Dr. Noelani Gonzalez on her Hyperpigmentation JDD Manuscript

Natural Cosmeceutical Ingredients for Hyperpigmentation
JDD peer-reviewed manuscript by Noelani Gonzalez MD and Maritza Perez MD

January 2016 | Volume 15 | Issue 1 | Original Article | 26 | Copyright © 2016

As a young dermatologist, why is this article important?

Natural ingredients are becoming more popular in the world of dermatology. New practitioners will most likely have patients who are going to ask about natural options to treat their skin concerns. Or who will bring in their own cosmeceuticals and inquire about their effectiveness. This article precisely reviews just that, and gives various options to chose from in regards to treating hyperpigmentation.

As a resident, why is this article important?

This article is a good review of the melanogenesis pathway and goes over many natural treatment options. And where they fit in on this pathway, which steps they affect or modify, so you can apply basic science, clinical, and pharmacologic knowledge at the same time.

What was the impetus for writing an article on this topic?

Dr. Perez and I are both from Puerto Rico, and I am currently training in NYC, so we’ve been constantly exposed to skin of color patients. Hyperpigmentation is a common concern in these patients and topical treatments to date are still limited. We thought it would be interesting and educational to think outside the box and discuss natural treatment options that could benefit these patients.

Are the safety concerns around traditional depigmenting agents something that is widely acknowledged by most dermatologists?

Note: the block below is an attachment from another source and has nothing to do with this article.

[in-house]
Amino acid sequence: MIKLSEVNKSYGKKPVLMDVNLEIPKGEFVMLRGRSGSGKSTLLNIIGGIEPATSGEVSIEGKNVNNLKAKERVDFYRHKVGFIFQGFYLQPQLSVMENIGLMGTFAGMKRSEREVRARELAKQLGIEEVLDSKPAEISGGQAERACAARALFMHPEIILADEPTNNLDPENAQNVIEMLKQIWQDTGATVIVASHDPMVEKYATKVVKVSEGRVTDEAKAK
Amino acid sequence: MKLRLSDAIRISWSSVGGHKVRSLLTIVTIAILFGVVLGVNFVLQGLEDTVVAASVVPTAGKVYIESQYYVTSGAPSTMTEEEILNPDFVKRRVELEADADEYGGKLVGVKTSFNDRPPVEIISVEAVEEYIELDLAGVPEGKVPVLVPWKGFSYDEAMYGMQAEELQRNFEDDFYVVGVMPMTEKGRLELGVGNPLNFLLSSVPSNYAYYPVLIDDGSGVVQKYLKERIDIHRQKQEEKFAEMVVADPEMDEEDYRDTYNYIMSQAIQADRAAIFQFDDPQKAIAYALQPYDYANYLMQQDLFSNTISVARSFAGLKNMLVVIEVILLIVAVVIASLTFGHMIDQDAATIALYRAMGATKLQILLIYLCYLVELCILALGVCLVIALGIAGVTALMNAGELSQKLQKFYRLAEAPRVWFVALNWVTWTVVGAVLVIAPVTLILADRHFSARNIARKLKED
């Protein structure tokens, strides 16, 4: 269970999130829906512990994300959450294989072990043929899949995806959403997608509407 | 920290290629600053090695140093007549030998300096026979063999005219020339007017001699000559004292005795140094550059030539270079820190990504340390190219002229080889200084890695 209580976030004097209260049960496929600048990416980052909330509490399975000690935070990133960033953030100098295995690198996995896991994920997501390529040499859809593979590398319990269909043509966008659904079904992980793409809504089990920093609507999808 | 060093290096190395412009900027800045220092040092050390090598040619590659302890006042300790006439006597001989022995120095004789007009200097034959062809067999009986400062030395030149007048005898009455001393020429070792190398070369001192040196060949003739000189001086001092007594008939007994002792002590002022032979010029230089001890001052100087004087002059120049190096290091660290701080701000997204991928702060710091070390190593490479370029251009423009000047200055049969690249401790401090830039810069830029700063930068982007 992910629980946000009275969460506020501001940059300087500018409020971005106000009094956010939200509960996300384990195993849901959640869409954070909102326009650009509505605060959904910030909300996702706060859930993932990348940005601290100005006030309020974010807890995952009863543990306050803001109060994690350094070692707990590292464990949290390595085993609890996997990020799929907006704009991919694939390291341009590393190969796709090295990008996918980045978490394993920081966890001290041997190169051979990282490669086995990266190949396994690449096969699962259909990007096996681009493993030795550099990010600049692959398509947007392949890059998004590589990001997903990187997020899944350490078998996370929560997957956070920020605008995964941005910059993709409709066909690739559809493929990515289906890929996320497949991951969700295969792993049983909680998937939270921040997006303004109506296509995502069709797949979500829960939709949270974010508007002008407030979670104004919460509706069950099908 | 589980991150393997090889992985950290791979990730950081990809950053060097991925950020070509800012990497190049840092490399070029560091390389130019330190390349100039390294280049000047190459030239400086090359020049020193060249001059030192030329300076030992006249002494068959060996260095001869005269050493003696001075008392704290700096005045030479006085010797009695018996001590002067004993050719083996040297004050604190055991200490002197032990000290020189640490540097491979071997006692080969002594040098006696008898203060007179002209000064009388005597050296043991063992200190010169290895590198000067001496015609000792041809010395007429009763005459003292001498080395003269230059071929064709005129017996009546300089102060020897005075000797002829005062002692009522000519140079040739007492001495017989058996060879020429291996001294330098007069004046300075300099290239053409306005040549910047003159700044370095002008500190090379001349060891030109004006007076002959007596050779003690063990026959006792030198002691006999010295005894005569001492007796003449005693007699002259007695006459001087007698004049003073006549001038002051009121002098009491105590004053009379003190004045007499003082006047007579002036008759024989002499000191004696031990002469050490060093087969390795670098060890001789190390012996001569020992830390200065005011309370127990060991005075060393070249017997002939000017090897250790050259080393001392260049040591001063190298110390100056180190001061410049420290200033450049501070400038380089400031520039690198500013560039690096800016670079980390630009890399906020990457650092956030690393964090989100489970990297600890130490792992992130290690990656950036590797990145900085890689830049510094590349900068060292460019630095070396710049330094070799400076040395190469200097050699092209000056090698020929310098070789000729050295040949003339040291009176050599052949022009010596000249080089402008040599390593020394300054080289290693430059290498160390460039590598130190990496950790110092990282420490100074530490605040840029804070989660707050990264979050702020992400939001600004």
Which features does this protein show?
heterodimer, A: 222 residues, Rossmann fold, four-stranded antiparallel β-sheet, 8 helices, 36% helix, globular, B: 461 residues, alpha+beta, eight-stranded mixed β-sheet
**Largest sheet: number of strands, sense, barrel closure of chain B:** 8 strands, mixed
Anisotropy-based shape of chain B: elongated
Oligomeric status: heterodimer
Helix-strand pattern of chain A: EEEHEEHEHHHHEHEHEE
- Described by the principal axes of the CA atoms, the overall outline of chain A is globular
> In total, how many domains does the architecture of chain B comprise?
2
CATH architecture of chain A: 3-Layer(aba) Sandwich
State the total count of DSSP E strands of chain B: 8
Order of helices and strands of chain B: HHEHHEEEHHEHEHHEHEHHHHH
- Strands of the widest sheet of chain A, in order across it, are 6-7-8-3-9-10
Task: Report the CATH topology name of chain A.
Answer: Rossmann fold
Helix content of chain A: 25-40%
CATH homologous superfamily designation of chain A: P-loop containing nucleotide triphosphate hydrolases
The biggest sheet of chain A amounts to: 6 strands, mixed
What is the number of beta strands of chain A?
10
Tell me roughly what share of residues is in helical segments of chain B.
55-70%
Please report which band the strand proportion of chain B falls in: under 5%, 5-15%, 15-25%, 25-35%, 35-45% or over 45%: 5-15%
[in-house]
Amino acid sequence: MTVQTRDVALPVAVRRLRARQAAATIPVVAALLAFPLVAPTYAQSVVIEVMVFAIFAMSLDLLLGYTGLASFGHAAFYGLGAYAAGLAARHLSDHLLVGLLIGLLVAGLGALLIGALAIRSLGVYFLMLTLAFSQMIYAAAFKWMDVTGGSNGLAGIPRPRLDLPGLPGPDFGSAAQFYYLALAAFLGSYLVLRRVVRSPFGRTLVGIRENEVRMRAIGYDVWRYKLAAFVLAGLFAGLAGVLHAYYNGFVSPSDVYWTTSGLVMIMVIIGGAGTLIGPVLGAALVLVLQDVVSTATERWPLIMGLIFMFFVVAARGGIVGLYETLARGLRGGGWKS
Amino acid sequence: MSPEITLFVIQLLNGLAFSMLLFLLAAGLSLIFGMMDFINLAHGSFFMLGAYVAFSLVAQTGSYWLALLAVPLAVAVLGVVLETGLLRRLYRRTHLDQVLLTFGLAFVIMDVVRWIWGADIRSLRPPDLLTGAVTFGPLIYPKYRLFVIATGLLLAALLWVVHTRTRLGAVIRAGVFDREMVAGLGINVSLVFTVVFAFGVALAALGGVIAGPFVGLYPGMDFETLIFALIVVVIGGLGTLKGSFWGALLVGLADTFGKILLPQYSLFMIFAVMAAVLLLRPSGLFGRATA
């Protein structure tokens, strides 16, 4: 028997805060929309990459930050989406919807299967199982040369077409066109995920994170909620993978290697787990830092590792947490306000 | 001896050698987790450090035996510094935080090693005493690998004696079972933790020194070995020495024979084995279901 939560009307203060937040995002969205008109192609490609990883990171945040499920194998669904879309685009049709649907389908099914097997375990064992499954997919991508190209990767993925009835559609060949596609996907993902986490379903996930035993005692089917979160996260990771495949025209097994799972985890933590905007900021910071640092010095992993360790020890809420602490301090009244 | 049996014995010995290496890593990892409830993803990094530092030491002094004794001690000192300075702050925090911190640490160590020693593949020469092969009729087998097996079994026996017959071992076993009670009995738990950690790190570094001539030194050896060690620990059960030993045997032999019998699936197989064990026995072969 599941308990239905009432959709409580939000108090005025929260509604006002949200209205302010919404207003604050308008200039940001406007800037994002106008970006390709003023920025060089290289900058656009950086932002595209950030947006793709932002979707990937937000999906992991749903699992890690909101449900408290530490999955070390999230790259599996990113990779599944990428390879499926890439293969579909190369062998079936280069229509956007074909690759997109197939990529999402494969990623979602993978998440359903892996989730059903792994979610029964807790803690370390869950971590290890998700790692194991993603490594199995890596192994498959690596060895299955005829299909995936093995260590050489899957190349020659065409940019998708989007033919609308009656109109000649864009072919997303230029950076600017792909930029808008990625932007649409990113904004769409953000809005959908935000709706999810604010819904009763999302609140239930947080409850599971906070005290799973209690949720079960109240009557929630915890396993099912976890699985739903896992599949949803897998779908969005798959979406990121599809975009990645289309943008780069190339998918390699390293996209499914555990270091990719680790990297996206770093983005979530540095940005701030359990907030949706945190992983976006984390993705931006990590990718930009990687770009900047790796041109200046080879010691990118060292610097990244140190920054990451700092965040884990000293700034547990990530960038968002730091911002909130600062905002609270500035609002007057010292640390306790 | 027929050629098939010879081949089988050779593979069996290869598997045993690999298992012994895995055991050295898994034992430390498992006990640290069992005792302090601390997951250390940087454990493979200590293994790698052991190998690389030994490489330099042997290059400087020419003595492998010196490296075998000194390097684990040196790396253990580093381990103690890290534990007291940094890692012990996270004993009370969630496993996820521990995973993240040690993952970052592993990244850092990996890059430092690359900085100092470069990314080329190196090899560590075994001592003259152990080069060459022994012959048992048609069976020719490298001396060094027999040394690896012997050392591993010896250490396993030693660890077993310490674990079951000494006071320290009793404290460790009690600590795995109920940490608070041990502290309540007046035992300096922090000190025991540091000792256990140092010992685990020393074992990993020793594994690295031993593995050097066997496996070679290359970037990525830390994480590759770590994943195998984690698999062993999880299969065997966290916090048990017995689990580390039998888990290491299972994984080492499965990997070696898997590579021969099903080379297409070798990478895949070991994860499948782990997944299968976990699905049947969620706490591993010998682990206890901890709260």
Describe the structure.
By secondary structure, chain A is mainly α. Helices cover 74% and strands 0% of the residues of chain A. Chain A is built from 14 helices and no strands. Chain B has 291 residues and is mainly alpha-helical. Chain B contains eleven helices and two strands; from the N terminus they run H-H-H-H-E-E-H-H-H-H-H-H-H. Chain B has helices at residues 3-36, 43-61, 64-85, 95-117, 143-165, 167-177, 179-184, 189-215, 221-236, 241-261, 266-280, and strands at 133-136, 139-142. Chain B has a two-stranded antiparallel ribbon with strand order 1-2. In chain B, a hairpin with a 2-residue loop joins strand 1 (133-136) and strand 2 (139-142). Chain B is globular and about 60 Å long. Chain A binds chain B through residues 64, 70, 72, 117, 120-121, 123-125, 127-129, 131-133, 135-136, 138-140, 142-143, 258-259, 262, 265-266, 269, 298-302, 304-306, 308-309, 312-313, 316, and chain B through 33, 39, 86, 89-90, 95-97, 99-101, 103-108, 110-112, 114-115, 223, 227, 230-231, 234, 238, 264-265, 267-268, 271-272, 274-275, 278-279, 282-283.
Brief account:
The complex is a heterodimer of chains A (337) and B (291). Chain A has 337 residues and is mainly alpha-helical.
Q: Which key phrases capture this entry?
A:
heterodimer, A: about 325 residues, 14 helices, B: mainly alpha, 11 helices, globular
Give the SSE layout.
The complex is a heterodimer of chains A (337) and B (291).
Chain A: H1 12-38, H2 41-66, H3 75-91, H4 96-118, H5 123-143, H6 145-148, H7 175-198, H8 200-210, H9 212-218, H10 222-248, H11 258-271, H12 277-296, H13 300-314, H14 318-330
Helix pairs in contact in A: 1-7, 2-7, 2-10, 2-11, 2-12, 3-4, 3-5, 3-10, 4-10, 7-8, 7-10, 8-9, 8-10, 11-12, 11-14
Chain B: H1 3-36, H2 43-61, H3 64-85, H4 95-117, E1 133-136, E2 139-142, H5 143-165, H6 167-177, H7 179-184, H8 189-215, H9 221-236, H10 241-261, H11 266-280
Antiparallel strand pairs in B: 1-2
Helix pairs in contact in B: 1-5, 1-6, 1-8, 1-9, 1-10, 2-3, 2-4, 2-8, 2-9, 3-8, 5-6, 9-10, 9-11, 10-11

Knowing the risks and benefits about the medications we prescribe is an integral part of being a good dermatologist, and is something that should always be discussed with patients prior to prescribing any medication. In my opinion most dermatologists are aware of safety concerns of traditional depigmenting agents such as hydroquinone and retinoids. That being said ochronosis can be a consequence of overuse of hydroquinone, which in my opinion tends to be under recognized.

In your opinion, are non-prescription natural alternatives becoming more commonplace/popular when treating hyperpigmentation?

I believe there are more and more patients who are looking for new “natural and organic alternatives” for treatment of their skin conditions. So this article describes various options that can be considered when treating hyperpigmentation. As either adjuncts to well established treatments or can be tried on their own for those patients who are resistant to use anything that is not natural.

Is there anything you would like people to know on this topic that is not relayed in the article?

Yes. Many times patients with hyperpigmentation come to us and we prescribe traditional agents hoping that they’ll get better. But this is usually something that affects their appearance and self-esteem. Since most of these patients present with hyperpigmentation on very visible areas such as their face. Therefore, we should really try to do our best for these patients, and understand that although this isn’t something life threatening or as disfiguring as other skin conditions. It does affect their image and we should do everything we can to help them.

Read the JDD article here: http://jddonline.com/articles/dermatology/S1545961616P0026X/1